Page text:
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Opinion There were days I struggled. I wished I could call in sick and not have to pretend

Should employers be receptive to employees calling in sick for a mental health issue – they should be, writes an anonymous contributor.

I OFTEN WONDERED how receptive employers would be if employees called in sick, the only reason: a mental health issue.

There were days that I just couldn’t handle. Days that I just had to push on with.

In hindsight, it was probably better this way. But I had often hoped I could call in sick to work and not pretend it was anything other than what it was: this constant, obsessive voice in my head, my own, telling me that the best way to feel better was to give up and take my own life.

I wouldn’t have to walk the aisles holding my clipboard of meaningless information and pretend I was fine. I would never have to repeat and endure my days, like a hamster on a hamster wheel running out of breath, falling off and getting back on to finish the chore.

In a bad way 

Anyone could see the pain and doubt in my eyes. People knew I was in a bad way.

My dad would ask if I was fine; I’d lie and keep staring, not blinking, at the TV I wasn’t really watching. My work colleagues, the nice ones, would say “things will get better” and I would nod in agreement, inside telling myself that they were wrong.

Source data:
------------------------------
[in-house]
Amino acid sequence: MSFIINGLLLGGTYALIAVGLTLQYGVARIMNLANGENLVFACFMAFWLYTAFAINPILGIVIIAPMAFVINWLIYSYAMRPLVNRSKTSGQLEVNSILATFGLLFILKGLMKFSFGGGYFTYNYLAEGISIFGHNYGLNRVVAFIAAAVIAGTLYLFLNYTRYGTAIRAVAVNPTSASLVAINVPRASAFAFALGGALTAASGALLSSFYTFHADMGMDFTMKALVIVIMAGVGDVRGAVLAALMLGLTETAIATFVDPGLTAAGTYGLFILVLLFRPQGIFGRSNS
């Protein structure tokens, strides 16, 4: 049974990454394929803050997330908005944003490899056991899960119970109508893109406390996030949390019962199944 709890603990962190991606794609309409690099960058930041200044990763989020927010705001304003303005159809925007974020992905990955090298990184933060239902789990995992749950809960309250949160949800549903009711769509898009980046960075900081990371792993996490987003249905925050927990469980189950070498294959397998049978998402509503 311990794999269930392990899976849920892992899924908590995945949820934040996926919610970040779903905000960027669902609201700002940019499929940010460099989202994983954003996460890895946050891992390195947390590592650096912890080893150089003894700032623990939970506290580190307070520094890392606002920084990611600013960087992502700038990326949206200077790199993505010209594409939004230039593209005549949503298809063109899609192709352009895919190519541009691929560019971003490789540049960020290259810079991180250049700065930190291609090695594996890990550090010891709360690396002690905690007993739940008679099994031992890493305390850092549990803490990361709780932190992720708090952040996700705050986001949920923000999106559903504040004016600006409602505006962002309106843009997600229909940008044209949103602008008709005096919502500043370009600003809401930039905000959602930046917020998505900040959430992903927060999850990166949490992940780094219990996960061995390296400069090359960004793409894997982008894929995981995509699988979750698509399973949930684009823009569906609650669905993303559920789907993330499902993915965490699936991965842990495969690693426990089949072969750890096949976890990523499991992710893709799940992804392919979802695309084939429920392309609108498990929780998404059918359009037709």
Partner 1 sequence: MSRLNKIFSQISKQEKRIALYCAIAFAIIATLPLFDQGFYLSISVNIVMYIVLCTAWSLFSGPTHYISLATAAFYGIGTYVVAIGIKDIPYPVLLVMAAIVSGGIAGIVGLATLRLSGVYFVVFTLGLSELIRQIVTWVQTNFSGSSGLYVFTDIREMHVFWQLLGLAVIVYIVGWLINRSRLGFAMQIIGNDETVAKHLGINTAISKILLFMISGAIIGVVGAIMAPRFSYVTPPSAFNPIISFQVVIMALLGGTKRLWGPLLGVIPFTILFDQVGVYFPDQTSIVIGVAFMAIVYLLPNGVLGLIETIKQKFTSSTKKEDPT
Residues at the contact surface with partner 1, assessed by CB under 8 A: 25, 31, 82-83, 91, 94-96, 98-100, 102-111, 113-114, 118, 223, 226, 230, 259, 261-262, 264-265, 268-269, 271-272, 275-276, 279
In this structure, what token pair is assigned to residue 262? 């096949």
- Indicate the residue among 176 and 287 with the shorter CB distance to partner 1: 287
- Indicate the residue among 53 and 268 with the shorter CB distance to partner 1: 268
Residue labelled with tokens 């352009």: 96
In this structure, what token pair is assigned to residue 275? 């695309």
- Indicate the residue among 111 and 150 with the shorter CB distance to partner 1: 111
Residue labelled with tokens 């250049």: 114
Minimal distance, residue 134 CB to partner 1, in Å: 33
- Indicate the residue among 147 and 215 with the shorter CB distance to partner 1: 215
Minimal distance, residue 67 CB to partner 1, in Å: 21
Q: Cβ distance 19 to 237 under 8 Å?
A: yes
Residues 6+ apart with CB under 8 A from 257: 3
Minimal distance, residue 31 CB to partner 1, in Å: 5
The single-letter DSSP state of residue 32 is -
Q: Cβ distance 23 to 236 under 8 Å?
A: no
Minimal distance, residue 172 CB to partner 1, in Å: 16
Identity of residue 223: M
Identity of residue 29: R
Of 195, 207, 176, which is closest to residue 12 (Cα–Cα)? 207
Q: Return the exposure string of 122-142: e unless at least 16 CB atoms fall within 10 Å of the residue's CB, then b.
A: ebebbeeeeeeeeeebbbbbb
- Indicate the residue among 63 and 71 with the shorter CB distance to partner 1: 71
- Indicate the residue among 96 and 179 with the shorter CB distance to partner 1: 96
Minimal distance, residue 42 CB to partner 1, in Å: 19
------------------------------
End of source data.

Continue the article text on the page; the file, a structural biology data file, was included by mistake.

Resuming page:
I couldn’t talk to my employers – in this particular job most of them had proven to be unfeeling, calloused things. I just couldn’t face more meanness.

I had convinced myself over time I couldn’t go on if I couldn’t leave – it was the recession after all, things would be far worse without a job. But I couldn’t hack the environment. If it wasn’t a manager jumping down my throat, it was a colleague trapping me in the freezer until I became so frantic I couldn’t breathe – which normally took only ten seconds, nothing to write home about. It was only “banter” after all.

Suicidal thoughts

I often walked to work late, leaving my house at the latest possible moment to delay the dread of making it to work. Suicide ideation is the worst. I wish I could be graphic in my words here, but I won’t let myself. We all know what suicide ideation is like, how moments of death are glorified beyond the brutal, ugly, fatal reality that they are – for you, your body and everyone you know.

I had built this misery up for so long that it began to take a physical toll on me. I couldn’t digest food properly – it came out again quickly, one way or another. I became embarrassed about this. I can handle the misery – I kept telling myself, not really understanding what ‘handle’ meant – but the physical toll? People would know, they would find out how selfish and shameless I am.

To this day I know life is a gift and I have the power to control my emotions and my actions towards unsavoury characters – but in careless moments it takes only a second to forget these things and go through your day with struggle in the foreground.

Seeking help

After frantically blubbering all over my doctor, that I couldn’t think straight, that I couldn’t tell where my thoughts would be within the hour, I was sent to therapy. For months my counsellor and I talked about my issues: my lack of self-esteem, lack of confidence, a sudden death in my family, bullies from school and last of all, work.